The Fact That Changed Everything: Jim Berk and Participant Media
Each film is looking to develop a sense of awareness and empowerment about an issue that’s worth your time.
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A film can have the power to spur conversation and spark an audience’s empathy, passion, and curiosity. For Los Angeles-based Participant Media, the visual storytelling power of movies is an invaluable tool to create meaningful impact. Says Participant CEO Jim Berk, “This company is driven by the belief that every problem this world confronts has solutions.”
For those that doubt an entertaining movie can lead to world change, consider the movie industry leaders that not long ago felt the same way. When Jeff Skoll, Participant’s founder, was attempting to get the company off the ground eight years ago, he met with studio heads to find support for socially relevant films. “They looked at it as a nice thing to do, but not particularly smart from a financial return basis and as a stand-alone business,” remembers Berk.
Still, Skoll refused to give up on his vision because of one simple undeniable fact: movies can move viewers. “Media can create the opportunity for masses of people to look at things in different ways; to change policy and behaviors on a massive scale,” explains Berk of the company’s long standing philosophy. “You do that through storytelling.” By 2004, Participant was able to launch its first few films—Good Night and Good Luck, North Country and Syriana—and all met with success. Eight years and 39 films later, that success has won over their original doubtful industry leaders thanks to the accolades they’ve collected: 22 Academy Award nominations, four Oscars, six Emmys and box office gold with films like The Help and The Best Exotic Marigold Hotel.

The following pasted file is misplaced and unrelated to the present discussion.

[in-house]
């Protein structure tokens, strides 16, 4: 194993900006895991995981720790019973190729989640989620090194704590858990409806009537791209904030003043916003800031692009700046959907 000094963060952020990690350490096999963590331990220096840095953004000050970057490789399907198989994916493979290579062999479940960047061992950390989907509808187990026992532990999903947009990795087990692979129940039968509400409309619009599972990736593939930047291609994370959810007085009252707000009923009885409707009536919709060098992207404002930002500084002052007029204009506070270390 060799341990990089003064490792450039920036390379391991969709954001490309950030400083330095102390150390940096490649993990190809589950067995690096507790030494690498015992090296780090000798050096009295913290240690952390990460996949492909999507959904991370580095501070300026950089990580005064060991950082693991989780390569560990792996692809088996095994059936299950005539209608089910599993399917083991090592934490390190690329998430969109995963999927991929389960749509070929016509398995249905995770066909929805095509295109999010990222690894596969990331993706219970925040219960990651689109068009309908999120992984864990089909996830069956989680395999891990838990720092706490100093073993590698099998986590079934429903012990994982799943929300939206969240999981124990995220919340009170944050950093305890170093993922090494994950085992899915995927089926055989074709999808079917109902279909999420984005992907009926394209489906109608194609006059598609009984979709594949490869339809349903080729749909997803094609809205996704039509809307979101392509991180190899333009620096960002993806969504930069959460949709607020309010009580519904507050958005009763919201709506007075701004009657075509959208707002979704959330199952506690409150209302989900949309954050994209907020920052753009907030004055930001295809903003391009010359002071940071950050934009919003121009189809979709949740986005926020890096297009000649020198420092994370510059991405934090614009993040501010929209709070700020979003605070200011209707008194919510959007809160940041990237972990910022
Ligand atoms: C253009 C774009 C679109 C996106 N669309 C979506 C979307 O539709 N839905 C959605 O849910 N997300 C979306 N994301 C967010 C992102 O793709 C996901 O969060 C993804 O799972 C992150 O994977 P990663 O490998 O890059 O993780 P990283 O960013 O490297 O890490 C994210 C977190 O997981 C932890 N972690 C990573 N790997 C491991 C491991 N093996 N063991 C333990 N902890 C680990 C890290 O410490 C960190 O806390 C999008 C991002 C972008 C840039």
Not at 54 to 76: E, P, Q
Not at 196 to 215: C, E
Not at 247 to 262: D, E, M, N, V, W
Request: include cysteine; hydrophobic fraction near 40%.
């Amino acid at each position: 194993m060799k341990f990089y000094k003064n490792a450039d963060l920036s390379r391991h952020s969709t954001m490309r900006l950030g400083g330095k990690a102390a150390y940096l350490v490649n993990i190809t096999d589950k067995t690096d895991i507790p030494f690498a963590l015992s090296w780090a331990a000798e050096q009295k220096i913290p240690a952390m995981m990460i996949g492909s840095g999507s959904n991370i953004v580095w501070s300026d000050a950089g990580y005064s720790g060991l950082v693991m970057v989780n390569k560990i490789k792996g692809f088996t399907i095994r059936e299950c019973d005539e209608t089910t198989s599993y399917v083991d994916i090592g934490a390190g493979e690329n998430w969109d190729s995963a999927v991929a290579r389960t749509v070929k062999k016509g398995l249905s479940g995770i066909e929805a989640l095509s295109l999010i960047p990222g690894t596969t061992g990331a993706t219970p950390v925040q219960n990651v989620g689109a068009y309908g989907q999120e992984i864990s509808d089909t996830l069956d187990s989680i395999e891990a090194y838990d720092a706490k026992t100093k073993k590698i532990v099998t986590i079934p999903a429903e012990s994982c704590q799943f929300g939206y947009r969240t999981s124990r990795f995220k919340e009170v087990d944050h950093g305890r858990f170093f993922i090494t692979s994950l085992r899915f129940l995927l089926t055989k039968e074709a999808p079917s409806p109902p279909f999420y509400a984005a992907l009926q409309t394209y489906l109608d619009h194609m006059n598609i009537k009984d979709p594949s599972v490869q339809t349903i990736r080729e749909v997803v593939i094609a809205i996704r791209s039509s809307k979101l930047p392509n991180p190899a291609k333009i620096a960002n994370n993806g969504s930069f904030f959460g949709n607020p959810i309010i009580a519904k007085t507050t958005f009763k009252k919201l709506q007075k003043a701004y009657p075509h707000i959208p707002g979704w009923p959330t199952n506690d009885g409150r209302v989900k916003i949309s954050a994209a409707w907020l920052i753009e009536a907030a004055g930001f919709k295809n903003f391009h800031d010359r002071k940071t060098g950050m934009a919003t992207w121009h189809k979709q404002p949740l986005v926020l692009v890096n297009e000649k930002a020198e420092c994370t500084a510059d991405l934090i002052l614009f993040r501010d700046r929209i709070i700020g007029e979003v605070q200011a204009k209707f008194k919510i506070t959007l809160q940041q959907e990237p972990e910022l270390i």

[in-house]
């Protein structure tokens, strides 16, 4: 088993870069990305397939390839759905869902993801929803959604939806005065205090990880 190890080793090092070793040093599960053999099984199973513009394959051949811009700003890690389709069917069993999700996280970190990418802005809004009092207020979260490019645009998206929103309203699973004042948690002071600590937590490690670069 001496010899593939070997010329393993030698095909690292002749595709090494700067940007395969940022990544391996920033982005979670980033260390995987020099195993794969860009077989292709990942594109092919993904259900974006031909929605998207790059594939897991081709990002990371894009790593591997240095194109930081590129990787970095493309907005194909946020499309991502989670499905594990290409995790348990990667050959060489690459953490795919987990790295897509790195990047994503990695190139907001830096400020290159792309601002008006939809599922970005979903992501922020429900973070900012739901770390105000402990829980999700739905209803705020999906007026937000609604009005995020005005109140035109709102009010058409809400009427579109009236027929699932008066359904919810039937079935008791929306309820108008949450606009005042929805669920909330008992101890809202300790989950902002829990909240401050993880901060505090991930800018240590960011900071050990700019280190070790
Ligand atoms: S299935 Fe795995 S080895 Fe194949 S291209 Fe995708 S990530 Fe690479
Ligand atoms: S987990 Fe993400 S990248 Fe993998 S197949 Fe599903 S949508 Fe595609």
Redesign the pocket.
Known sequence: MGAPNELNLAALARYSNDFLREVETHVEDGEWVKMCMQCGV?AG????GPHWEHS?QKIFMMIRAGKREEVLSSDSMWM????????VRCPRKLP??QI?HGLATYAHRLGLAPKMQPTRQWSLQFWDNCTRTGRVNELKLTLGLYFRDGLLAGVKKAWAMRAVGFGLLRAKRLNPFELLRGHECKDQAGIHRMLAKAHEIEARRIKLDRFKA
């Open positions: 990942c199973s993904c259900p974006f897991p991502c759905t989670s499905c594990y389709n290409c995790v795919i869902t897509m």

Continuously gaining momentum, Participant focuses on three elements for each of its film projects: quality, well-told stories, commercial potential, and social relevance. “We’re focusing on issues—fracking, education system, contagious diseases, nuclear disarmament, hunger, access to clean drinking water, mental illness/treatment, poverty—that are important for people to know about. At end of day, the purpose is to reach as many eyeballs as possible,” says Berk.
Also key for Participant is the timing of their film releases. On November 9, Participant debuted its newest movie Lincoln (opening in wide release November 16), a look at one of the most revered American presidents—timed a week after arguably one of the most divisive and expensive presidential election campaigns in history.
“We try to create an opportunity for these issues to be crystallized and part of the zeitgeist at the time when they’re really important,” says Berk. He cites the releases of North Country and Food, Inc as timed for when the Violence Against Women Act and Food and Nutrition Acts were up for reauthorization. Berk is quick to point out that Participant Media is non-partisan. Instead, he says, “Each film is looking to develop a sense of awareness and empowerment about an issue that’s worth your time, focusing on, changing your personal behavior about and being diligent about the people you elect having an interest in.”